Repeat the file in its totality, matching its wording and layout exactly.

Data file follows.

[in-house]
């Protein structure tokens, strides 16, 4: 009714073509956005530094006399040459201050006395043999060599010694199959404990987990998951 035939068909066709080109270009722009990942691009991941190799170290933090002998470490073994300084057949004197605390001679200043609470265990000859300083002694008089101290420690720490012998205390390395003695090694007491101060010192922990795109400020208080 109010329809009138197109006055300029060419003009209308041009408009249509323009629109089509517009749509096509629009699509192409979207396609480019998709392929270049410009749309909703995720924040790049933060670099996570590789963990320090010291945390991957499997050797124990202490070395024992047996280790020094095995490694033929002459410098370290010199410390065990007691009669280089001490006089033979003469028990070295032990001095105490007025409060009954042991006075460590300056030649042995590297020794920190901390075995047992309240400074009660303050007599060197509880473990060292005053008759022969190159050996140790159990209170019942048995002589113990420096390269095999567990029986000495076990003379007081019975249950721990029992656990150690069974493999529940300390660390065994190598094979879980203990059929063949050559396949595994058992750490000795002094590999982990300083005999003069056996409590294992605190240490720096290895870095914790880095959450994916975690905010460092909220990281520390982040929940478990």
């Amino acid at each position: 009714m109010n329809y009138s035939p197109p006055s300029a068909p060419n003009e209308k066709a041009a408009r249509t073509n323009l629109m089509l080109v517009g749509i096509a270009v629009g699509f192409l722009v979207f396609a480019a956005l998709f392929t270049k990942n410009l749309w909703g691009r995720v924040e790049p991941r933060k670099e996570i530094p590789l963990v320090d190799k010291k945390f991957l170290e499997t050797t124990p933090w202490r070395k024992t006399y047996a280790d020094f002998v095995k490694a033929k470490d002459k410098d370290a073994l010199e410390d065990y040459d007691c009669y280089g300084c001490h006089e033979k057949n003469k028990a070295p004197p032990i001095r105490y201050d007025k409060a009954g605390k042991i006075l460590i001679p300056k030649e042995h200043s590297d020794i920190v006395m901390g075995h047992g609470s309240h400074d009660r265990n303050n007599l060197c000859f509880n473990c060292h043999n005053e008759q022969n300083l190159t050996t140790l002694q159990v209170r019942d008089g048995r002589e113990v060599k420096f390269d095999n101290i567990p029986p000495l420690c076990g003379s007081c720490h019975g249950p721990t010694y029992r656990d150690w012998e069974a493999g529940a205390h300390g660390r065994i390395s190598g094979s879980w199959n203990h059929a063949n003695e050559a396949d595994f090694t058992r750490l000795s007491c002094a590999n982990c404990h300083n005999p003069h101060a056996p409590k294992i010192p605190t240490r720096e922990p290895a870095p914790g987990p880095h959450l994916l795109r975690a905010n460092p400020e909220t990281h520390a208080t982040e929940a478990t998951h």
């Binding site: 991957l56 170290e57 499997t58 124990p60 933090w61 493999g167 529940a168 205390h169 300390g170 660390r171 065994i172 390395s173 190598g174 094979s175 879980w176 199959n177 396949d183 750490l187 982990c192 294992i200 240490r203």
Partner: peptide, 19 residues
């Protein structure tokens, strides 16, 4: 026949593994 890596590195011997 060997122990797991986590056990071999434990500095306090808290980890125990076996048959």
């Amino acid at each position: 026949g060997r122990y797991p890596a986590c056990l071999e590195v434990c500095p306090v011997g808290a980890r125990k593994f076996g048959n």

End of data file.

[in-house]
């Protein structure tokens, strides 16, 4: 009714073509956005530094006399040459201050006395043999060599010694199959404990987990998951 035939068909066709080109270009722009990942691009991941190799170290933090002998470490073994300084057949004197605390001679200043609470265990000859300083002694008089101290420690720490012998205390390395003695090694007491101060010192922990795109400020208080 109010329809009138197109006055300029060419003009209308041009408009249509323009629109089509517009749509096509629009699509192409979207396609480019998709392929270049410009749309909703995720924040790049933060670099996570590789963990320090010291945390991957499997050797124990202490070395024992047996280790020094095995490694033929002459410098370290010199410390065990007691009669280089001490006089033979003469028990070295032990001095105490007025409060009954042991006075460590300056030649042995590297020794920190901390075995047992309240400074009660303050007599060197509880473990060292005053008759022969190159050996140790159990209170019942048995002589113990420096390269095999567990029986000495076990003379007081019975249950721990029992656990150690069974493999529940300390660390065994190598094979879980203990059929063949050559396949595994058992750490000795002094590999982990300083005999003069056996409590294992605190240490720096290895870095914790880095959450994916975690905010460092909220990281520390982040929940478990």
């Amino acid at each position: 009714m109010n329809y009138s035939p197109p006055s300029a068909p060419n003009e209308k066709a041009a408009r249509t073509n323009l629109m089509l080109v517009g749509i096509a270009v629009g699509f192409l722009v979207f396609a480019a956005l998709f392929t270049k990942n410009l749309w909703g691009r995720v924040e790049p991941r933060k670099e996570i530094p590789l963990v320090d190799k010291k945390f991957l170290e499997t050797t124990p933090w202490r070395k024992t006399y047996a280790d020094f002998v095995k490694a033929k470490d002459k410098d370290a073994l010199e410390d065990y040459d007691c009669y280089g300084c001490h006089e033979k057949n003469k028990a070295p004197p032990i001095r105490y201050d007025k409060a009954g605390k042991i006075l460590i001679p300056k030649e042995h200043s590297d020794i920190v006395m901390g075995h047992g609470s309240h400074d009660r265990n303050n007599l060197c000859f509880n473990c060292h043999n005053e008759q022969n300083l190159t050996t140790l002694q159990v209170r019942d008089g048995r002589e113990v060599k420096f390269d095999n101290i567990p029986p000495l420690c076990g003379s007081c720490h019975g249950p721990t010694y029992r656990d150690w012998e069974a493999g529940a205390h300390g660390r065994i390395s190598g094979s879980w199959n203990h059929a063949n003695e050559a396949d595994f090694t058992r750490l000795s007491c002094a590999n982990c404990h300083n005999p003069h101060a056996p409590k294992i010192p605190t240490r720096e922990p290895a870095p914790g987990p880095h959450l994916l795109r975690a905010n460092p400020e909220t990281h520390a208080t982040e929940a478990t998951h």
């Binding site: 991957l56 170290e57 499997t58 124990p60 933090w61 493999g167 529940a168 205390h169 300390g170 660390r171 065994i172 390395s173 190598g174 094979s175 879980w176 199959n177 396949d183 750490l187 982990c192 294992i200 240490r203």
Partner: peptide, 19 residues
């Protein structure tokens, strides 16, 4: 026949593994 890596590195011997 060997122990797991986590056990071999434990500095306090808290980890125990076996048959």
């Amino acid at each position: 026949g060997r122990y797991p890596a986590c056990l071999e590195v434990c500095p306090v011997g808290a980890r125990k593994f076996g048959n």